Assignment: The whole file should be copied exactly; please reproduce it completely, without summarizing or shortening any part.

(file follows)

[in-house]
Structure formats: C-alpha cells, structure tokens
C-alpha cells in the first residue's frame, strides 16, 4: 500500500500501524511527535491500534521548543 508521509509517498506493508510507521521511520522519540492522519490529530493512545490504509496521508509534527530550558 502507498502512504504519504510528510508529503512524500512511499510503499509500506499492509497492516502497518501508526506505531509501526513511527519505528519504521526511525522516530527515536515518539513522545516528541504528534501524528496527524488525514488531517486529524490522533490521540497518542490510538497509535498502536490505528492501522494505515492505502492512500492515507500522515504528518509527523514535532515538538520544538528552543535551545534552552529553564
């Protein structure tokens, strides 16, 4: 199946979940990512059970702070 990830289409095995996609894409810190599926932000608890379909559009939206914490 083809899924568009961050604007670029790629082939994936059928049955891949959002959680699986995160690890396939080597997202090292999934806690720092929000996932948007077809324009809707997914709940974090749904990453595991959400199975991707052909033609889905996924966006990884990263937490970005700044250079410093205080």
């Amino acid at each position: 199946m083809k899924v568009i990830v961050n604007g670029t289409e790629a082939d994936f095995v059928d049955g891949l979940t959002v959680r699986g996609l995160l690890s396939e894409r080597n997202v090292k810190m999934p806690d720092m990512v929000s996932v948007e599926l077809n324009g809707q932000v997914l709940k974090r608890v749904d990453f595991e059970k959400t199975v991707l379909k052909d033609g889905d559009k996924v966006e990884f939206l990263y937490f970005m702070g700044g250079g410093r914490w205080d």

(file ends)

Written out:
[in-house]
Structure formats: C-alpha cells, structure tokens
C-alpha cells in the first residue's frame, strides 16, 4: 500500500500501524511527535491500534521548543 508521509509517498506493508510507521521511520522519540492522519490529530493512545490504509496521508509534527530550558 502507498502512504504519504510528510508529503512524500512511499510503499509500506499492509497492516502497518501508526506505531509501526513511527519505528519504521526511525522516530527515536515518539513522545516528541504528534501524528496527524488525514488531517486529524490522533490521540497518542490510538497509535498502536490505528492501522494505515492505502492512500492515507500522515504528518509527523514535532515538538520544538528552543535551545534552552529553564
């Protein structure tokens, strides 16, 4: 199946979940990512059970702070 990830289409095995996609894409810190599926932000608890379909559009939206914490 083809899924568009961050604007670029790629082939994936059928049955891949959002959680699986995160690890396939080597997202090292999934806690720092929000996932948007077809324009809707997914709940974090749904990453595991959400199975991707052909033609889905996924966006990884990263937490970005700044250079410093205080």
């Amino acid at each position: 199946m083809k899924v568009i990830v961050n604007g670029t289409e790629a082939d994936f095995v059928d049955g891949l979940t959002v959680r699986g996609l995160l690890s396939e894409r080597n997202v090292k810190m999934p806690d720092m990512v929000s996932v948007e599926l077809n324009g809707q932000v997914l709940k974090r608890v749904d990453f595991e059970k959400t199975v991707l379909k052909d033609g889905d559009k996924v966006e990884f939206l990263y937490f970005m702070g700044g250079g410093r914490w205080d």